Tweets seen

Ain’t that the truth?!” [above]. Now, every Tom, Dick and Sharon has a “degree” from some place or other, quite many have a “Master’s”, involving a 1-year course, which no-one ever fails; in fact at Oxford and Cambridge you get a “Master’s” degree merely on payment of a small sum, with no course requirement, work, or dissertation required!

I am not making that up. In fact, I recall that my then girlfriend, in the 1980s, was sent a letter from Cambridge University warning her that if she wanted to be able to put “M.A.” after her name, she would have to pay (I think) £35, because the time limit was approaching (as I seem to recall). She had graduated around 1971. The limit must have been 10 or 15 years, if there was a limit. Maybe the University just wanted the money.

https://www.cambridgestudents.cam.ac.uk/your-course/graduation-and-what-next/cambridge-ma

What a farce…

As for “academics”, “academia” in the wider sense is now full of fakes and simplistic ideologues such as the woman lecturer (I think from Southampton University), whose tweets I saw on Twitter recently, to the effect that books written by “Nazis” should be burned. These are among the gravediggers of European civilization. They must be stopped.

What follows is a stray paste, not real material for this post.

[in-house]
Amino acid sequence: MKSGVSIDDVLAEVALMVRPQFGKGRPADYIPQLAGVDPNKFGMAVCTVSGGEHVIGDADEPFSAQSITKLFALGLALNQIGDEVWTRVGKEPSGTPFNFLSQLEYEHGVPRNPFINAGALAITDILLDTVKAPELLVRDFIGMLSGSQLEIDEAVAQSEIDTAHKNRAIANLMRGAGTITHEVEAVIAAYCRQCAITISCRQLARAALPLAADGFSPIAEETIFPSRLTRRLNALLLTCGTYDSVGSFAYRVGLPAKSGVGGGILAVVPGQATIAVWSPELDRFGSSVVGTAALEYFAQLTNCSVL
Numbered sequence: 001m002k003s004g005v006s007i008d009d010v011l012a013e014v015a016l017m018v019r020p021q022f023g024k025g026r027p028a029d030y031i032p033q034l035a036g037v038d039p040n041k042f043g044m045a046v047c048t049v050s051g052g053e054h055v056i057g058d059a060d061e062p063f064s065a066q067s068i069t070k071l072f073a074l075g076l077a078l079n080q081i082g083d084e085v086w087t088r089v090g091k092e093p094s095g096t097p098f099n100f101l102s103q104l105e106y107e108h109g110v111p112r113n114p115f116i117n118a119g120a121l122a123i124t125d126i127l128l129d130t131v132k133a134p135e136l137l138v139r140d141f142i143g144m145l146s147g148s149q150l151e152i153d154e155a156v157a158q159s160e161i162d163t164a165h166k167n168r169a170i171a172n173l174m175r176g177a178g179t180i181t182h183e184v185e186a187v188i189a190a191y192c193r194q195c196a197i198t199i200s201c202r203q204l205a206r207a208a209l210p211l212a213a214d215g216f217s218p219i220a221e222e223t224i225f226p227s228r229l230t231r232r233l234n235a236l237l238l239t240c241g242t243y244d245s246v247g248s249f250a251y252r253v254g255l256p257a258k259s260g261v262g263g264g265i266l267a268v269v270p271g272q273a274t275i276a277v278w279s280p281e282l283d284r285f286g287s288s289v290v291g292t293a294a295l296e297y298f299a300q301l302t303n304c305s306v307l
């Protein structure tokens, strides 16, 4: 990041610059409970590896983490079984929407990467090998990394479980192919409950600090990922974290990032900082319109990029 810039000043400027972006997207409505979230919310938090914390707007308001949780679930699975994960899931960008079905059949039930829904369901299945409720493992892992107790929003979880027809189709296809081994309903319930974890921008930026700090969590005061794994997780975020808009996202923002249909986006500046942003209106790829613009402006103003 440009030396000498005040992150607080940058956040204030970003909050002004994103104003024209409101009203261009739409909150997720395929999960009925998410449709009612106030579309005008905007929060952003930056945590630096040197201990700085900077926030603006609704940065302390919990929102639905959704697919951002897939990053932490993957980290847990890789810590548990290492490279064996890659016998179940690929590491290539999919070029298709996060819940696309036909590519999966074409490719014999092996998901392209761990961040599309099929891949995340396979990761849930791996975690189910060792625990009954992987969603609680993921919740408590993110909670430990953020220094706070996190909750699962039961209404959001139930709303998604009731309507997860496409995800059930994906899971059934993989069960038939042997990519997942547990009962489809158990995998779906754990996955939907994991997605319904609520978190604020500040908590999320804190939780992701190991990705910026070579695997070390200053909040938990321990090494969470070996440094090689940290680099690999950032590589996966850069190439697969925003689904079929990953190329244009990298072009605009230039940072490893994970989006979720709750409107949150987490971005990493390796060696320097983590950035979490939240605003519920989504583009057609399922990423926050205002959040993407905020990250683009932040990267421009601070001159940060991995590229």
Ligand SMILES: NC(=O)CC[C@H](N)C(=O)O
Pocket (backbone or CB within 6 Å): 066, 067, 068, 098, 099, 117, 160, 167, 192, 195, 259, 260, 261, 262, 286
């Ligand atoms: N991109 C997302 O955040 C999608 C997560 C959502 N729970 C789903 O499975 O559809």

There are numerous “doctors” of this or that (esp. on Twitter) who actually use the title, despite not being medical doctors, academics in any formerly-accepted sense, or persons in either holy orders or scientific institutes. Infra dig, but that is what Britain today is like: just a bad joke.

Despite official figures (quite possibly inflated) showing that 30,000 or so people have died “of” (with) Coronavirus, i.e. about one person out of every 2,000 in the UK, and that only about 4 people (if that) out of every 10,000 are presently infected, the public panic has scarcely abated. Fear has been spread (by the Government, the Opposition, the NHS lobby, the msm etc), and it is now proving hard to rein back on that.

The “Great Replacement” continues…

https://www.dailymail.co.uk/news/article-8309529/Joy-52-migrants-saved-languishing-Greek-camps-flown-UK-start-afresh.html

More Hitchens tweets

This is key, but it is actually alarming that so many people, including those with “degrees” and recognized professional qualifications cannot see it. I had smoked salmon for breakfast this morning, and the weather became less cloudy. I do not imagine that the weather became less cloudy because I had smoked salmon for breakfast. It would have happened whether I had smoked salmon, devilled kidneys or raspberry pop-up tarts. cf. “lockdown” and Coronavirus.

Rishi Sunak and furlough

Sunak has extended the “furlough” scheme until October. A remarkable decision, and I think the wrong one. The right decision would have been to open up the economy completely or almost completely from this week or certainly by the end of the month.